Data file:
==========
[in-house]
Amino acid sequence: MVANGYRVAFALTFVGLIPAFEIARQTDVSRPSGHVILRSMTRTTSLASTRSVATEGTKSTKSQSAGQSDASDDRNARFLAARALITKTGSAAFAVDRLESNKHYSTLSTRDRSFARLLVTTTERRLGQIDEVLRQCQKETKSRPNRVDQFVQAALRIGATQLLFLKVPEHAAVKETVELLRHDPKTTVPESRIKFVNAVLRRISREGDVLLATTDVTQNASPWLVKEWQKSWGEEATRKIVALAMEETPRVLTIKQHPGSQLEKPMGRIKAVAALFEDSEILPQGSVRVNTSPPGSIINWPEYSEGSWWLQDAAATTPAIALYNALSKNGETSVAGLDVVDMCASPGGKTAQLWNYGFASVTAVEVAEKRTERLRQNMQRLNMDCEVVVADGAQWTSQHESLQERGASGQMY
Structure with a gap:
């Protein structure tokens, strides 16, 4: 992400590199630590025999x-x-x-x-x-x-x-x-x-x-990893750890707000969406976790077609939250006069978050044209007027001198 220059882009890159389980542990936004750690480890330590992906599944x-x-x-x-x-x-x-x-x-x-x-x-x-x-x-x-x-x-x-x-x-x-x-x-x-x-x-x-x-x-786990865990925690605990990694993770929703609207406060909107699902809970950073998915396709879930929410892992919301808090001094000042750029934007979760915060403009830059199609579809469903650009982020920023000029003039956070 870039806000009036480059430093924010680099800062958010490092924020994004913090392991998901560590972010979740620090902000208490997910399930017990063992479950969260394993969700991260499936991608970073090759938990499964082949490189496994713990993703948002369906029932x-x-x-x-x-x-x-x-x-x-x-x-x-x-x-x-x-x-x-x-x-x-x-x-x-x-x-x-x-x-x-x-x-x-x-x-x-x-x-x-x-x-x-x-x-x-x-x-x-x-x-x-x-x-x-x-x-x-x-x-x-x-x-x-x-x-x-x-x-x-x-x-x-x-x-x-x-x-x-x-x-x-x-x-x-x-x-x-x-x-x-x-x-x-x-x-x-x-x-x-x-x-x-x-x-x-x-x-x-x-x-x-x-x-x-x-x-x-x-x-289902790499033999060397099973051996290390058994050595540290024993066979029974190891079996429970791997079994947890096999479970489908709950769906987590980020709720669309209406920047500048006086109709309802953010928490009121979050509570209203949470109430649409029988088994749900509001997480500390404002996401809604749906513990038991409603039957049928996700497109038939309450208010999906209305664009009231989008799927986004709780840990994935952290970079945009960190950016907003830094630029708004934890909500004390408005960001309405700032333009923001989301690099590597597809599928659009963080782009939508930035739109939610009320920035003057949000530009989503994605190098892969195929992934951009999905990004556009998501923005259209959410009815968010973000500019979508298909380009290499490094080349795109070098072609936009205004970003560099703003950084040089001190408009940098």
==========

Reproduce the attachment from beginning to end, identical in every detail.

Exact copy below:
[in-house]
Amino acid sequence: MVANGYRVAFALTFVGLIPAFEIARQTDVSRPSGHVILRSMTRTTSLASTRSVATEGTKSTKSQSAGQSDASDDRNARFLAARALITKTGSAAFAVDRLESNKHYSTLSTRDRSFARLLVTTTERRLGQIDEVLRQCQKETKSRPNRVDQFVQAALRIGATQLLFLKVPEHAAVKETVELLRHDPKTTVPESRIKFVNAVLRRISREGDVLLATTDVTQNASPWLVKEWQKSWGEEATRKIVALAMEETPRVLTIKQHPGSQLEKPMGRIKAVAALFEDSEILPQGSVRVNTSPPGSIINWPEYSEGSWWLQDAAATTPAIALYNALSKNGETSVAGLDVVDMCASPGGKTAQLWNYGFASVTAVEVAEKRTERLRQNMQRLNMDCEVVVADGAQWTSQHESLQERGASGQMY
Structure with a gap:
């Protein structure tokens, strides 16, 4: 992400590199630590025999x-x-x-x-x-x-x-x-x-x-990893750890707000969406976790077609939250006069978050044209007027001198 220059882009890159389980542990936004750690480890330590992906599944x-x-x-x-x-x-x-x-x-x-x-x-x-x-x-x-x-x-x-x-x-x-x-x-x-x-x-x-x-x-786990865990925690605990990694993770929703609207406060909107699902809970950073998915396709879930929410892992919301808090001094000042750029934007979760915060403009830059199609579809469903650009982020920023000029003039956070 870039806000009036480059430093924010680099800062958010490092924020994004913090392991998901560590972010979740620090902000208490997910399930017990063992479950969260394993969700991260499936991608970073090759938990499964082949490189496994713990993703948002369906029932x-x-x-x-x-x-x-x-x-x-x-x-x-x-x-x-x-x-x-x-x-x-x-x-x-x-x-x-x-x-x-x-x-x-x-x-x-x-x-x-x-x-x-x-x-x-x-x-x-x-x-x-x-x-x-x-x-x-x-x-x-x-x-x-x-x-x-x-x-x-x-x-x-x-x-x-x-x-x-x-x-x-x-x-x-x-x-x-x-x-x-x-x-x-x-x-x-x-x-x-x-x-x-x-x-x-x-x-x-x-x-x-x-x-x-x-x-x-x-x-289902790499033999060397099973051996290390058994050595540290024993066979029974190891079996429970791997079994947890096999479970489908709950769906987590980020709720669309209406920047500048006086109709309802953010928490009121979050509570209203949470109430649409029988088994749900509001997480500390404002996401809604749906513990038991409603039957049928996700497109038939309450208010999906209305664009009231989008799927986004709780840990994935952290970079945009960190950016907003830094630029708004934890909500004390408005960001309405700032333009923001989301690099590597597809599928659009963080782009939508930035739109939610009320920035003057949000530009989503994605190098892969195929992934951009999905990004556009998501923005259209959410009815968010973000500019979508298909380009290499490094080349795109070098072609936009205004970003560099703003950084040089001190408009940098």